This summer middle-school kids in South Portland will have a chance to participate in the city’s first-ever Junior Police Academy Camp, a joint effort between the police and parks and recreation departments.

The goal of the camp is to teach participants the basics of police work, from crime scene investigation to working with K-9s, according to Lt. Frank Clark, who will be running the camp with the help of a dozen or so other police officers.

The police academy camp “was actually an idea that we’ve been bouncing around here for a couple years now,” Clark told the Current this week. “South Portland has a history of providing a strong summer recreation program, (and) the police department has a strong history and commitment to the concept of community policing.”

The camp “seemed like a great way for both departments to collaborate and provide an opportunity for positive interactions between our police officers and the community’s youth. This can be especially important nowadays given some of the negative perceptions portrayed about law enforcement on social media and other sources,” he said.

The hope is to give the participants a look at what police officers actually do, day in and day out, as they try to uphold the police department’s guiding values, which consist of integrity, respect, service, fairness and leadership, Clark said.

“There will be Q&A opportunities and demonstrations with our K-9, SWAT and dive teams. We will also be discussing proper use of 911 and substance abuse prevention and will have activities to enhance confidence,” he said.

Other goals include instilling “the importance of fitness and discipline. And every day will have a theme related to the department’s guiding values. We hope the kids will (also) have a lot of fun with the field trips and just getting to know our officers as people, not just the uniform,” he added.

Camp activities will also include indoor and outdoor games, trips to the municipal pool and various challenges.

Officer Linda Barker, a member of the police department’s community response unit and one of those that helped organize the police academy camp, agreed with Clark that “one of the most important takeaways is the building of positive relationships between our youth and law enforcement.”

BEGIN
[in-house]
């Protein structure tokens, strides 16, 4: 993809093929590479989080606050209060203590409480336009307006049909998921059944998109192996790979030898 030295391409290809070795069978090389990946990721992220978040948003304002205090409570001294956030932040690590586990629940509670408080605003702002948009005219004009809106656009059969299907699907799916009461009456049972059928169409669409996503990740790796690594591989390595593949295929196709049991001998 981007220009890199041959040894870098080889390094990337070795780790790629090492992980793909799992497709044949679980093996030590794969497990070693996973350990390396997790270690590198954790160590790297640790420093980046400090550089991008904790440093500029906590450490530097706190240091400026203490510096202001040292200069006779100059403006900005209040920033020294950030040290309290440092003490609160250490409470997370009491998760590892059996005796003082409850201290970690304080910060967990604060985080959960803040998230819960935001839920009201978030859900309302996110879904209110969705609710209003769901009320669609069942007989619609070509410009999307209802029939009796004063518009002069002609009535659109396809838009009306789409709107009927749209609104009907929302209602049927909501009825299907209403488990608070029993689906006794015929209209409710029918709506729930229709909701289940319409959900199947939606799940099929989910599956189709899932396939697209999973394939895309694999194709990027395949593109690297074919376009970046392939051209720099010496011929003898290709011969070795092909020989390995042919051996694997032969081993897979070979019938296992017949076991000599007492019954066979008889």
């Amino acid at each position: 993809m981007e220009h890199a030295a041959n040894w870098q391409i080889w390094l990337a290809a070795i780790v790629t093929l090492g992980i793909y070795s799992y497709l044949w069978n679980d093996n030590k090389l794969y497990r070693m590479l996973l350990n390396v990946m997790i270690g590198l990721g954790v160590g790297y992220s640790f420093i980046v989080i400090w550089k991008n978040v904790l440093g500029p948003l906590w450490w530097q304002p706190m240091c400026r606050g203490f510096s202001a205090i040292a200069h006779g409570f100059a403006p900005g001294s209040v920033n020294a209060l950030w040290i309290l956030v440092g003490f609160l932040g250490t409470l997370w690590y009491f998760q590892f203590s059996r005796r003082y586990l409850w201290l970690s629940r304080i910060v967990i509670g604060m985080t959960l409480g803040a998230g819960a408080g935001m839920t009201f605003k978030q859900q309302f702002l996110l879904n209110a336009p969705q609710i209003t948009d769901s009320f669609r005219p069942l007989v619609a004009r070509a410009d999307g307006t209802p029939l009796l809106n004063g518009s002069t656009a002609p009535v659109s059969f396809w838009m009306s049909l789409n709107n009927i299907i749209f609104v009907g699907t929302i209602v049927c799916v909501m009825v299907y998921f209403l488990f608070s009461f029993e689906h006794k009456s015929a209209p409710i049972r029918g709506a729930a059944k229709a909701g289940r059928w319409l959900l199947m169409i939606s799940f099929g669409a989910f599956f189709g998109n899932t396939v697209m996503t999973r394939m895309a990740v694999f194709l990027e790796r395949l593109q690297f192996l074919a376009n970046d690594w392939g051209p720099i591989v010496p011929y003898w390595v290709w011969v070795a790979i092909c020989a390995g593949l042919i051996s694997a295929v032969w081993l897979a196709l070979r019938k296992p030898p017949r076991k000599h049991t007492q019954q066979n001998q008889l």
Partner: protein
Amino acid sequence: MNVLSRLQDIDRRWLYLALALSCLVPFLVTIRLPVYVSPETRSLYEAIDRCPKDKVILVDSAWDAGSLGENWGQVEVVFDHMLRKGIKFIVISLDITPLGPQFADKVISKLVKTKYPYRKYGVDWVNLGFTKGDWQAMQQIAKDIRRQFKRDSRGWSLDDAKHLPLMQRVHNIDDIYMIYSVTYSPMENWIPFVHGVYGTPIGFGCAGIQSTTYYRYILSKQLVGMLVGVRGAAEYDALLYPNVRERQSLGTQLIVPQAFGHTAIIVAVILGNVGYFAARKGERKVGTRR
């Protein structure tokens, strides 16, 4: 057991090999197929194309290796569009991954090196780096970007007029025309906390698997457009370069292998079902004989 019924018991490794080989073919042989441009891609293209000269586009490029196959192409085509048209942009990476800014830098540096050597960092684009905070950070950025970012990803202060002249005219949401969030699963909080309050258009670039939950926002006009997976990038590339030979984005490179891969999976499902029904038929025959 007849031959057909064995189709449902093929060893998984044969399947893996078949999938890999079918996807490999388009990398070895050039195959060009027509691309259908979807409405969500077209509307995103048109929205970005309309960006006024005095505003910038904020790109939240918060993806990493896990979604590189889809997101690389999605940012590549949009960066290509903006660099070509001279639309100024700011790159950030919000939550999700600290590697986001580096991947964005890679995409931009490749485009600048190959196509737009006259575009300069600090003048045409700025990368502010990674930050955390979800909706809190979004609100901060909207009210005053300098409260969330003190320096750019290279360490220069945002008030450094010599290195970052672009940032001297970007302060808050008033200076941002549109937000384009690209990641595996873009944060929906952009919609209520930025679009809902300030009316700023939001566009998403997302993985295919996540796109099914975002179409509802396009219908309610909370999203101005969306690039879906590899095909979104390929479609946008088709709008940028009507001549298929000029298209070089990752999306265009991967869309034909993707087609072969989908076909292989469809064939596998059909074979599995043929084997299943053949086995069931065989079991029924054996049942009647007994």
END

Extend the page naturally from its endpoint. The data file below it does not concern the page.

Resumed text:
“The South Portland Police Department (has a rich) history of working with our local youth. Our community policing programs have spanned generations from Safety Village, pre-school, to the DARE Program for fourth through eighth graders, to Jump Start at the high school to our internship program and the self-defense class for high school and adult women,” she said.

Barker said, “Law enforcement needs to partner with the community to complete their mission to fight crime and (protect the) public. Working with young people is especially important (because) our children benefit when there are many involved, caring adults in their lives. Police officers can play a significant role in developing resilient, successful adults.”

She added, “Programs such as this can (also) help develop trusting relationships, open the lines of communication and provide our youth with positive role models and another resource to support them.”

It can also teach youth interested in learning more about law enforcement about the various facets of policing, such as detective work, forensics and working with K-9s, she said.

Clark and Barker both said another key aspect to the police academy camp would be teaching participants life skills, such as self-disciple, decision-making, teamwork and leadership. “Participating youth will learn about the importance of personal integrity, hard work and perseverance,” Barker said.

The final reason the police department is offering the camp, she said, “is that we love kids. It’s going to be a blast working with the youth, showing them what we do and taking part in all the cool activities. The great thing is that this camp comes with activities that are not only fun but that will challenge and push our youth to be the best they can be.”

The police and parks and recreation departments have learned a lot themselves in putting the program together.

“This program is the product of community departments collaborating and bringing their resources together to provide a quality experience for children in our community. It has been great working together on this project because we have learned a lot from each other and what each department brings to the community,” said Lisa Thompson, director of adult and youth enrichment at parks and recreation.

The South Portland Police Department is offering a Junior Police Academy Camp this summer, but time is running out to register kids in sixth through eighth grade.

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